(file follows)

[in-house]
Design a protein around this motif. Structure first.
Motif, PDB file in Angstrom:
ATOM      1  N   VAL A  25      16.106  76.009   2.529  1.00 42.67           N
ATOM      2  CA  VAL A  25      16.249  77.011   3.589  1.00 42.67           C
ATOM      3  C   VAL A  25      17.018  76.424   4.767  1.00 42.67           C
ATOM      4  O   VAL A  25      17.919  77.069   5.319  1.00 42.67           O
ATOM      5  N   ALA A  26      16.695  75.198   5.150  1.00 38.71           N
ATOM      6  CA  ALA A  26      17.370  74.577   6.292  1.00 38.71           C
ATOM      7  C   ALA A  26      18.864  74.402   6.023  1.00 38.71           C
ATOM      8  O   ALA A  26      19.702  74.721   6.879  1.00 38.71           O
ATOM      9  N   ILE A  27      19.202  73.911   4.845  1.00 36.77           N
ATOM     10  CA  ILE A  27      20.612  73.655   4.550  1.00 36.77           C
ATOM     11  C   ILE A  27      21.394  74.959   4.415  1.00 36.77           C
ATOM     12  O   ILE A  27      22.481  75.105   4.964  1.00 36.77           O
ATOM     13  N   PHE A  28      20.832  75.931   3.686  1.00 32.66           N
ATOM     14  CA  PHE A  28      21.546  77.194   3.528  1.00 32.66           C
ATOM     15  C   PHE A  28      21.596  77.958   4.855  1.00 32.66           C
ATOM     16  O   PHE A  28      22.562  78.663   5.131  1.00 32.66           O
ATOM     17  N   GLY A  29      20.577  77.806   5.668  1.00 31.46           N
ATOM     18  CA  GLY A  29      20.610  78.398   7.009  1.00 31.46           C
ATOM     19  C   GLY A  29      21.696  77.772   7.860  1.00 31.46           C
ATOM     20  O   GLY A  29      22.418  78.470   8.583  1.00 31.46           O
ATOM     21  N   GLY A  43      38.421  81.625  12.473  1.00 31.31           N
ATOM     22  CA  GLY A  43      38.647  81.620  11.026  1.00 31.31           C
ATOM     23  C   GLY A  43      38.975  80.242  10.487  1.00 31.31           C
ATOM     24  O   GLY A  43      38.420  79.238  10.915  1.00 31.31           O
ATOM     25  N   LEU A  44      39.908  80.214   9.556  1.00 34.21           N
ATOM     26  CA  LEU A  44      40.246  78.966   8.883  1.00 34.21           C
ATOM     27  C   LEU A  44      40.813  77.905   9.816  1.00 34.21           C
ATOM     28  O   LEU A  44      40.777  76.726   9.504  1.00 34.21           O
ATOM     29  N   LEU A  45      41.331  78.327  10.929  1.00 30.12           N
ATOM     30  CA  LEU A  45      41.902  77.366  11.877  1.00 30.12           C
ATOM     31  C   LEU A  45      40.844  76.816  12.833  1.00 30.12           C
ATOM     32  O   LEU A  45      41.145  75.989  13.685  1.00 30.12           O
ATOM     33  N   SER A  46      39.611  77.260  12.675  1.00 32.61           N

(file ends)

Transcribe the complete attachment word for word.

[in-house]
Design a protein around this motif. Structure first.
Motif, PDB file in Angstrom:
ATOM      1  N   VAL A  25      16.106  76.009   2.529  1.00 42.67           N
ATOM      2  CA  VAL A  25      16.249  77.011   3.589  1.00 42.67           C
ATOM      3  C   VAL A  25      17.018  76.424   4.767  1.00 42.67           C
ATOM      4  O   VAL A  25      17.919  77.069   5.319  1.00 42.67           O
ATOM      5  N   ALA A  26      16.695  75.198   5.150  1.00 38.71           N
ATOM      6  CA  ALA A  26      17.370  74.577   6.292  1.00 38.71           C
ATOM      7  C   ALA A  26      18.864  74.402   6.023  1.00 38.71           C
ATOM      8  O   ALA A  26      19.702  74.721   6.879  1.00 38.71           O
ATOM      9  N   ILE A  27      19.202  73.911   4.845  1.00 36.77           N
ATOM     10  CA  ILE A  27      20.612  73.655   4.550  1.00 36.77           C
ATOM     11  C   ILE A  27      21.394  74.959   4.415  1.00 36.77           C
ATOM     12  O   ILE A  27      22.481  75.105   4.964  1.00 36.77           O
ATOM     13  N   PHE A  28      20.832  75.931   3.686  1.00 32.66           N
ATOM     14  CA  PHE A  28      21.546  77.194   3.528  1.00 32.66           C
ATOM     15  C   PHE A  28      21.596  77.958   4.855  1.00 32.66           C
ATOM     16  O   PHE A  28      22.562  78.663   5.131  1.00 32.66           O
ATOM     17  N   GLY A  29      20.577  77.806   5.668  1.00 31.46           N
ATOM     18  CA  GLY A  29      20.610  78.398   7.009  1.00 31.46           C
ATOM     19  C   GLY A  29      21.696  77.772   7.860  1.00 31.46           C
ATOM     20  O   GLY A  29      22.418  78.470   8.583  1.00 31.46           O
ATOM     21  N   GLY A  43      38.421  81.625  12.473  1.00 31.31           N
ATOM     22  CA  GLY A  43      38.647  81.620  11.026  1.00 31.31           C
ATOM     23  C   GLY A  43      38.975  80.242  10.487  1.00 31.31           C
ATOM     24  O   GLY A  43      38.420  79.238  10.915  1.00 31.31           O
ATOM     25  N   LEU A  44      39.908  80.214   9.556  1.00 34.21           N
ATOM     26  CA  LEU A  44      40.246  78.966   8.883  1.00 34.21           C
ATOM     27  C   LEU A  44      40.813  77.905   9.816  1.00 34.21           C
ATOM     28  O   LEU A  44      40.777  76.726   9.504  1.00 34.21           O
ATOM     29  N   LEU A  45      41.331  78.327  10.929  1.00 30.12           N
ATOM     30  CA  LEU A  45      41.902  77.366  11.877  1.00 30.12           C
ATOM     31  C   LEU A  45      40.844  76.816  12.833  1.00 30.12           C
ATOM     32  O   LEU A  45      41.145  75.989  13.685  1.00 30.12           O
ATOM     33  N   SER A  46      39.611  77.260  12.675  1.00 32.61           N